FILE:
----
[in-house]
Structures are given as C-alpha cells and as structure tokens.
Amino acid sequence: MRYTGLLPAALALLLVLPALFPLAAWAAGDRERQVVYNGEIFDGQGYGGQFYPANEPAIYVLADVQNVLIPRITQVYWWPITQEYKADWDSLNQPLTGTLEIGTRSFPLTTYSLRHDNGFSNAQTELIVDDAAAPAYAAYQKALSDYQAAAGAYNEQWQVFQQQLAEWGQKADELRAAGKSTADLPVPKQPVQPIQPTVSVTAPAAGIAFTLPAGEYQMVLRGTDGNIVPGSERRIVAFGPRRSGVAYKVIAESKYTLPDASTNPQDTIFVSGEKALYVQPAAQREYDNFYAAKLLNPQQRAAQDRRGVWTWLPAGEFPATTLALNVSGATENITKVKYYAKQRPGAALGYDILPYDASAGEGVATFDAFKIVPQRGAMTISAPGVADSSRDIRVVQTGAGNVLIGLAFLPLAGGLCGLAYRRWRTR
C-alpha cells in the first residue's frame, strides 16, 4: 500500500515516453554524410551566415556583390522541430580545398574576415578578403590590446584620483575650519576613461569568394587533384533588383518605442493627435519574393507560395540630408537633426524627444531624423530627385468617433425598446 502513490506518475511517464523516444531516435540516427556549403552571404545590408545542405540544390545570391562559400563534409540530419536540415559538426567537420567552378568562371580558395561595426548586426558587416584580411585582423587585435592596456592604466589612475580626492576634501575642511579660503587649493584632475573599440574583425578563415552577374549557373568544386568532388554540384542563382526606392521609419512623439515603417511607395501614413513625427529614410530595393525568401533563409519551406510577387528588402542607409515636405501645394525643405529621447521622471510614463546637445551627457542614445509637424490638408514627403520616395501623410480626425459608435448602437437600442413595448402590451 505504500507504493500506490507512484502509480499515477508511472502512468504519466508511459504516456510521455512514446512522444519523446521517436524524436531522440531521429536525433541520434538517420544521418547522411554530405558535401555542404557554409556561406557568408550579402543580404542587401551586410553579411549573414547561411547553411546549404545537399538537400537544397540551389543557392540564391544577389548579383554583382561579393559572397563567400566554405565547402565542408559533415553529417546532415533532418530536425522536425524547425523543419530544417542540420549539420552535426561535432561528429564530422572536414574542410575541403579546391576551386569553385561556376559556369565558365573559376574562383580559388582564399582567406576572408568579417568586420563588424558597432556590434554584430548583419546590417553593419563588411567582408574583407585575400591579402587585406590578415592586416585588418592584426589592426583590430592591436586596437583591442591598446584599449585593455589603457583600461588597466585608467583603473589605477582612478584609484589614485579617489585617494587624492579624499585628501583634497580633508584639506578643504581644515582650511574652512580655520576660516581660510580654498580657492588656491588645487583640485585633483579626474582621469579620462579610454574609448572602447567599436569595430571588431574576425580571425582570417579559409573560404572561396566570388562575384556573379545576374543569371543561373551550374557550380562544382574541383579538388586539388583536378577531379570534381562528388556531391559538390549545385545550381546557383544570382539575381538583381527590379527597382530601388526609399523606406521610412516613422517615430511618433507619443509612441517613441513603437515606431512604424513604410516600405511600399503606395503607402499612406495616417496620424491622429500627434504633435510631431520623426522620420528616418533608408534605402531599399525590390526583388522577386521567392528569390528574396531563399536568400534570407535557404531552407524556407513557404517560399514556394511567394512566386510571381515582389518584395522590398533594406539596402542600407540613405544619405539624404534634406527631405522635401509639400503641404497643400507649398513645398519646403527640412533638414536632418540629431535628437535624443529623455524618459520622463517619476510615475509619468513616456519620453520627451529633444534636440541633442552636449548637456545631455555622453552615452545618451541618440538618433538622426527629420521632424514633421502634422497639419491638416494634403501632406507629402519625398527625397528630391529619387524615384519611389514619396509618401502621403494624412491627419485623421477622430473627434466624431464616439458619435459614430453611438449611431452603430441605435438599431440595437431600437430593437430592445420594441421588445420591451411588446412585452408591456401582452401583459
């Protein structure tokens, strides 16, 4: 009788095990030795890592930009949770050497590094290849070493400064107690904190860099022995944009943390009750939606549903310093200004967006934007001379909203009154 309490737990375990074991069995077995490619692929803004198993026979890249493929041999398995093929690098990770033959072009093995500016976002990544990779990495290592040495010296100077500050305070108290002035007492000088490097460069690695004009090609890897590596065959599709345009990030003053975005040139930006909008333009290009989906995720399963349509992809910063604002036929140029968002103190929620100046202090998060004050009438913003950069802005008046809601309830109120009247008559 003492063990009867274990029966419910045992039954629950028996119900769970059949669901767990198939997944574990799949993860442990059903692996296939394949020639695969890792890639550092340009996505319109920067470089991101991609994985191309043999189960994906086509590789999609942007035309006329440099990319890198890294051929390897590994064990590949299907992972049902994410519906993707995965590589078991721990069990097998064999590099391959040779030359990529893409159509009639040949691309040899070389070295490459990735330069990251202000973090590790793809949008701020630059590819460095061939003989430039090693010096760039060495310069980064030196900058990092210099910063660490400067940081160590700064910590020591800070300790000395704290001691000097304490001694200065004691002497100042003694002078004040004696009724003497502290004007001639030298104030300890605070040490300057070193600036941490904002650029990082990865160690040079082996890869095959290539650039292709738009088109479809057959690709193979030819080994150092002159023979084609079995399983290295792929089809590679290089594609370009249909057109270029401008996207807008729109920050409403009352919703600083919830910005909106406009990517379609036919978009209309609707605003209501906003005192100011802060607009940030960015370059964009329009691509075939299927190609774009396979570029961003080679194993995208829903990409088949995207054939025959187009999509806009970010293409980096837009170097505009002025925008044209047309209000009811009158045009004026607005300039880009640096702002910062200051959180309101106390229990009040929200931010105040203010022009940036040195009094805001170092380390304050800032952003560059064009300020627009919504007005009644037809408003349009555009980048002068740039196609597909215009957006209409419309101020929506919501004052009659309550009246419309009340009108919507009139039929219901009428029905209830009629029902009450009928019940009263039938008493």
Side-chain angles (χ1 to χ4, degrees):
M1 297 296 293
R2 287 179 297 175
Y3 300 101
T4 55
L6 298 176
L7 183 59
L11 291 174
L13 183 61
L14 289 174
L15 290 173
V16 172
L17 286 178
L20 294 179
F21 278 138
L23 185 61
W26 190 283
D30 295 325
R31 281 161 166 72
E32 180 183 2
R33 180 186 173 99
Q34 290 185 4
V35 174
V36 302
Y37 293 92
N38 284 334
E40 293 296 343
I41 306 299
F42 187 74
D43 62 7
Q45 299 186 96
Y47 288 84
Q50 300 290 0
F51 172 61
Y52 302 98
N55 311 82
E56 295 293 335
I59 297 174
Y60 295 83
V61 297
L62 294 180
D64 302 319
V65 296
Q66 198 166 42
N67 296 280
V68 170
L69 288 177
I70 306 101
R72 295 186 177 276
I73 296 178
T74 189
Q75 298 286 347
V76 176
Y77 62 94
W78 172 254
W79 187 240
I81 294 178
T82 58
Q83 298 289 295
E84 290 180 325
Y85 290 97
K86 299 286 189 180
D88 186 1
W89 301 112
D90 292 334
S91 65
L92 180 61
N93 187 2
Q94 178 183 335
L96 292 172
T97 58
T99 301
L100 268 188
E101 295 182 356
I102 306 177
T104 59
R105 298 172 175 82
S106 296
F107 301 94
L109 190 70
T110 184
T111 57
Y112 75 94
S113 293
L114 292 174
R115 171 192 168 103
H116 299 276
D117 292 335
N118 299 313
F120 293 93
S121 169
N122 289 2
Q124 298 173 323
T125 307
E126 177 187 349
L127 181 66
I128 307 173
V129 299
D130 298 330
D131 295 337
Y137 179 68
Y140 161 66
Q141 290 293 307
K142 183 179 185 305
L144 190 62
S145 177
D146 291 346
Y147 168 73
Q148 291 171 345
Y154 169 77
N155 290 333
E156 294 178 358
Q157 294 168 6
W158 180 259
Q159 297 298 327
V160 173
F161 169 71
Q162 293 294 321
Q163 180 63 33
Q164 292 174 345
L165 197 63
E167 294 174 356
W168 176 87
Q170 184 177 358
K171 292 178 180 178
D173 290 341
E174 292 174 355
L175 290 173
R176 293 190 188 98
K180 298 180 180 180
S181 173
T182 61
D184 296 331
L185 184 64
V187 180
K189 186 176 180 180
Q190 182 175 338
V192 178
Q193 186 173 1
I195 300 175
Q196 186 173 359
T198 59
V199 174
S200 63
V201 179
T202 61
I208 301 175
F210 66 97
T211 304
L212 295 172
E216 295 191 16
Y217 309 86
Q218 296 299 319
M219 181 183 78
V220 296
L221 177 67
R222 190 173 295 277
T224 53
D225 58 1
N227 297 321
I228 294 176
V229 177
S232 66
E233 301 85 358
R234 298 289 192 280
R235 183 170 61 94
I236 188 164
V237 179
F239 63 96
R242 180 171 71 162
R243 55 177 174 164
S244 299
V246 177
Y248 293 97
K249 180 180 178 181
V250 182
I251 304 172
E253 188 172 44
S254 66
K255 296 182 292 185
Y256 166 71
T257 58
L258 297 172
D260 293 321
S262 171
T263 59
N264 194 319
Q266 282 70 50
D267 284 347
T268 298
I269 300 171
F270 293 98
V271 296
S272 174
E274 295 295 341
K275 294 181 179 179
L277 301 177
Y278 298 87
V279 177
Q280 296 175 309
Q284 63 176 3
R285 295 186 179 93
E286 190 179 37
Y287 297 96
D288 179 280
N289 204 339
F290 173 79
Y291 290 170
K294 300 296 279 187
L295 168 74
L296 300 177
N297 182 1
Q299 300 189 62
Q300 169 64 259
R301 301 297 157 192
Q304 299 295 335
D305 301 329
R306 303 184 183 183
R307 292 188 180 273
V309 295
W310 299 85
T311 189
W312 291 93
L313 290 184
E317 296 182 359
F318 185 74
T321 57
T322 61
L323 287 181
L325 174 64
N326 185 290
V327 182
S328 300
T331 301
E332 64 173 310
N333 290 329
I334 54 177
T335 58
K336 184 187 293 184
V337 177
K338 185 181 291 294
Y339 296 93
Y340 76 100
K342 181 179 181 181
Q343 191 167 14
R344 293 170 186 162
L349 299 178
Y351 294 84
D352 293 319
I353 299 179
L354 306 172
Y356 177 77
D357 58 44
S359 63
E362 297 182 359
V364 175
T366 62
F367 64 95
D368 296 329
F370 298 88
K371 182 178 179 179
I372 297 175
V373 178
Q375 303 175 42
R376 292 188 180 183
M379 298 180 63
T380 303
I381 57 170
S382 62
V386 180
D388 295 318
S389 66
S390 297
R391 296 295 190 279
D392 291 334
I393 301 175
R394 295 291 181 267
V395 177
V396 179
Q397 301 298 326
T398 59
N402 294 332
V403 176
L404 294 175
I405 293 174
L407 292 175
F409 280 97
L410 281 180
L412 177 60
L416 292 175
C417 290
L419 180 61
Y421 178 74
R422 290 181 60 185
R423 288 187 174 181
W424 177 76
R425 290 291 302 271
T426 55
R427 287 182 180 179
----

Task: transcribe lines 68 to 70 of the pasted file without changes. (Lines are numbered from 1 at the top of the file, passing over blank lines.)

D88 186 1
W89 301 112
D90 292 334